Rescue dogs become K9 conservationists to deter Zambia poaching
Rescue dogs have taken center stage in the fight to protect wildlife from poachers in Zambia.
The Working Dogs for Conservation program has trained the dogs to identify everything from wire snare traps, to guns and ammunition used in illegal hunting, to pangolin scales, rhino horn and ivory.
“During our work monitoring lion, cheetah, and wild dogs in Zambia, we saw the victims of poaching firsthand: elephants shot for ivory, rhinos killed for their horns, and countless animals caught in vicious traps,” the WD4C team says on its website. “We knew our dogs could help.”
The dogs, rescued and trained in the American Northwest, now live in the Luangwa Valley with their Zambian handlers. Those handlers have come to love their canine companions – Ruger, Earl, Chai, Sara and Vicka – but the dogs are always on a mission to support the work of the North and South Lwanga conservation groups.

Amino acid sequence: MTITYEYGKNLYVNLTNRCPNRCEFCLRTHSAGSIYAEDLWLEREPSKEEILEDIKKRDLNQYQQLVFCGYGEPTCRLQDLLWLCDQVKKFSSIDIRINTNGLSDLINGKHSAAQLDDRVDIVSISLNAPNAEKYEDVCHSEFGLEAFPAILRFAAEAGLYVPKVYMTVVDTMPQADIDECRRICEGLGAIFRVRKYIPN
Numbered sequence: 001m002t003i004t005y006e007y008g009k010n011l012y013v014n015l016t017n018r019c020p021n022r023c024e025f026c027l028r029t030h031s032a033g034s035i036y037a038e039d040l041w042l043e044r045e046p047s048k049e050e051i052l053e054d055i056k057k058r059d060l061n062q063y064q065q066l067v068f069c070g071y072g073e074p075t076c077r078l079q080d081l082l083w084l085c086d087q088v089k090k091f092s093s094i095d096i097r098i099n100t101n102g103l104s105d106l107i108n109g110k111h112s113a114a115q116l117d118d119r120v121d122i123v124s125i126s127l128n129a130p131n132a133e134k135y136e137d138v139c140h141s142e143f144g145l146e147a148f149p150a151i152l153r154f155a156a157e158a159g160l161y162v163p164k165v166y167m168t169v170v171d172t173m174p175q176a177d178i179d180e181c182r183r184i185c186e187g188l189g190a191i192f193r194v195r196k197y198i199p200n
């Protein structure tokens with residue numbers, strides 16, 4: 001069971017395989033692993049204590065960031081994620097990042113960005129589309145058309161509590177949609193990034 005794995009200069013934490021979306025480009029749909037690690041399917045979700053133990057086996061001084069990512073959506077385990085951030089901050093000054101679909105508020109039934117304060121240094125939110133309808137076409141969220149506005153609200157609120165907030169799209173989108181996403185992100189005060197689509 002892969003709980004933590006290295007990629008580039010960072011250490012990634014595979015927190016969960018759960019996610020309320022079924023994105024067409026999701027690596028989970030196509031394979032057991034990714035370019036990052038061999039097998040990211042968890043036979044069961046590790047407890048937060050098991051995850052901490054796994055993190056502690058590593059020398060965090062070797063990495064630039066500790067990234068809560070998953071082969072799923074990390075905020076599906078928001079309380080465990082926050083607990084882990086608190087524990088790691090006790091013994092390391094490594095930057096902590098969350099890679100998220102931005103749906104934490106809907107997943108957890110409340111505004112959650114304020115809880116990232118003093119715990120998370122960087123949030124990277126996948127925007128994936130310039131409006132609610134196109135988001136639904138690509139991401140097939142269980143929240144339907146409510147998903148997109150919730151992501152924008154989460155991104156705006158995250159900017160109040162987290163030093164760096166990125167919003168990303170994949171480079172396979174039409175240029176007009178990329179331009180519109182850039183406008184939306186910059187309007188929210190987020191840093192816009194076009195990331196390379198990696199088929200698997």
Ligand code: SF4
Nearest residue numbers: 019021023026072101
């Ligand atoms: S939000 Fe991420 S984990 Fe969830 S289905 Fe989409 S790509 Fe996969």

“Our dogs have found poaching contraband that law enforcement would never have discovered without them, such as gun parts concealed in the thatched roof of a hut, or, incredibly, a tiny primer cap (used to fire a muzzle loader) that was placed in a matchbox, hidden inside a suitcase, and buried among bags and parcels in a tightly packed van,” says WD4C. “Searches like these often happen along roads or in villages, when many bystanders are watching, which adds to the dogs’ deterrence value.”
The organization also supports research and technical assistance for African communities and countries who want to adopt or expand their own canine programs to curb poaching.
To learn more about the program research, see this link.